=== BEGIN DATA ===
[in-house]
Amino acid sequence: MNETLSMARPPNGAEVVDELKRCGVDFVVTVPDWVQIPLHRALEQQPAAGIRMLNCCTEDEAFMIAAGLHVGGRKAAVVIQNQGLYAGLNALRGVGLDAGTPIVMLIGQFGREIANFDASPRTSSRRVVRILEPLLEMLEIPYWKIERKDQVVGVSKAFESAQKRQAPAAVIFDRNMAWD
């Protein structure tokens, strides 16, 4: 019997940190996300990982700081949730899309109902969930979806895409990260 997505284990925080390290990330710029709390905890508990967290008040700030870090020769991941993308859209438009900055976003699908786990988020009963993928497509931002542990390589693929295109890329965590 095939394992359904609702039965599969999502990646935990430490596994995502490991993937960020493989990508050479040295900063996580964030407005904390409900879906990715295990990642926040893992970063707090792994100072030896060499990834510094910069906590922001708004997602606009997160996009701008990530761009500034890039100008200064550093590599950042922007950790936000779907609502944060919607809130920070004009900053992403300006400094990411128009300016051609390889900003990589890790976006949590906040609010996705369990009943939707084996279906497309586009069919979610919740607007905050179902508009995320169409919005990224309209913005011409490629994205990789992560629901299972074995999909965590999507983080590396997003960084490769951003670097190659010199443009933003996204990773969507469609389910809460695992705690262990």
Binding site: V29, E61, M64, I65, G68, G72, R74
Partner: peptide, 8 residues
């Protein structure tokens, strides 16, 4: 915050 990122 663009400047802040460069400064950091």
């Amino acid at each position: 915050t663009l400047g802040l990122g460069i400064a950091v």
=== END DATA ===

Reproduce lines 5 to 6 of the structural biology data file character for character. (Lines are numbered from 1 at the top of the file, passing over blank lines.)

Partner: peptide, 8 residues
């Protein structure tokens, strides 16, 4: 915050 990122 663009400047802040460069400064950091």